The Place of the Papacy in the Ecclesial Piety of the 11th-century Reformers
Congar, O.P. Yves
Eglise et Papauté. Regards historiques, Paris 1994, pp.93-115.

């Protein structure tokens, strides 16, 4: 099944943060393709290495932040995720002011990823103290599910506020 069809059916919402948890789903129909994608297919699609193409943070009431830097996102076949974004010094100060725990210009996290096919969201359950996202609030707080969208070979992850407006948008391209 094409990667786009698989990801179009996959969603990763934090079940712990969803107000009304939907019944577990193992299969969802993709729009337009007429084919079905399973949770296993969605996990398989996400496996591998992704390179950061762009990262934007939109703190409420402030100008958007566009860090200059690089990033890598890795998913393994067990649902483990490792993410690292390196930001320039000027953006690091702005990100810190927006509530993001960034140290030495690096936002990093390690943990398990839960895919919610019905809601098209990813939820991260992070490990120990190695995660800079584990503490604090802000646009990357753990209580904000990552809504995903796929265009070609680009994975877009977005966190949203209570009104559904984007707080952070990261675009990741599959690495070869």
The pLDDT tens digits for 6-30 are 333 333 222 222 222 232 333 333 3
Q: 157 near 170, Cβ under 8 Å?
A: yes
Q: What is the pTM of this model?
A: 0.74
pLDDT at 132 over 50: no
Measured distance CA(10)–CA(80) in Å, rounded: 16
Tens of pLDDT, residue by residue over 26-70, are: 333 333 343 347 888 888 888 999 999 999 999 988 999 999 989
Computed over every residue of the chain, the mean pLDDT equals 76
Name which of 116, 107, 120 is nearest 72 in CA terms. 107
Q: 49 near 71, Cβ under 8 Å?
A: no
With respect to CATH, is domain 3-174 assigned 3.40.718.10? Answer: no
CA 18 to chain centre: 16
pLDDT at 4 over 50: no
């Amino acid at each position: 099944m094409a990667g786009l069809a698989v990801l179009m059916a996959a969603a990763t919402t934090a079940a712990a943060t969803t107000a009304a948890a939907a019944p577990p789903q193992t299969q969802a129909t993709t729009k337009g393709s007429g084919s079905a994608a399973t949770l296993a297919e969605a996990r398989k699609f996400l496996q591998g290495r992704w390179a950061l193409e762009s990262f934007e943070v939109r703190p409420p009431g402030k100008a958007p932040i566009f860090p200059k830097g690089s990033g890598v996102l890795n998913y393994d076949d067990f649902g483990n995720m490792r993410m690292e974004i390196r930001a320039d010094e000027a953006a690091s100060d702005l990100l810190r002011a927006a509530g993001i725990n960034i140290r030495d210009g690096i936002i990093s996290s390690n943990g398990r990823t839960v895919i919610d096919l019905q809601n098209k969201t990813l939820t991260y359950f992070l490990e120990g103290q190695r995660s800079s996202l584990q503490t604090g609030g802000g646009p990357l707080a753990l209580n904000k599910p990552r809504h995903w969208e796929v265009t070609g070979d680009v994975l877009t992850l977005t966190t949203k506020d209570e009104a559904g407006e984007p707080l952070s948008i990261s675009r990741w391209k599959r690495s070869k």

The understanding of the Church of the eleventh-century reformers, Gregory VII, and the canonists from 1018 onwards can be characterized by one word: it is Roman in its very nature. And this not only because it once again took up the point of view which was that of Rome itself after Leo I, but equally because of the degree to which it made the primacy of the see of Peter, the Roman Church, the central axis of the whole of its ecclesiology: the words caput and cardo No one doubted the primacy of Rome. It was recognized in the tenth century, despite the declarations of independence which were formulated at the synod of Saint-Basle (Vierzy, 991) by Arnulf of Orléans, though more probably by Gerbert of Aurillac, and which were renewed at the synod of Chelles (995). It is affirmed by a great number of passages in pre-Gregorian canonical collections: in the ancient , which Humbert of Moyenmoutier loved so much, fittingly sum up this way of understanding the situation. Anselmo dedicata; in a very clear way in Pseudo-Isidore, but also in Burchard’s Decretum. Otherwise however, it is conceived primarily as a ministry which is preeminent by its wisdom and its prudence, at the head of a Church which is guided by bishops and which receives its rules for living from the councils.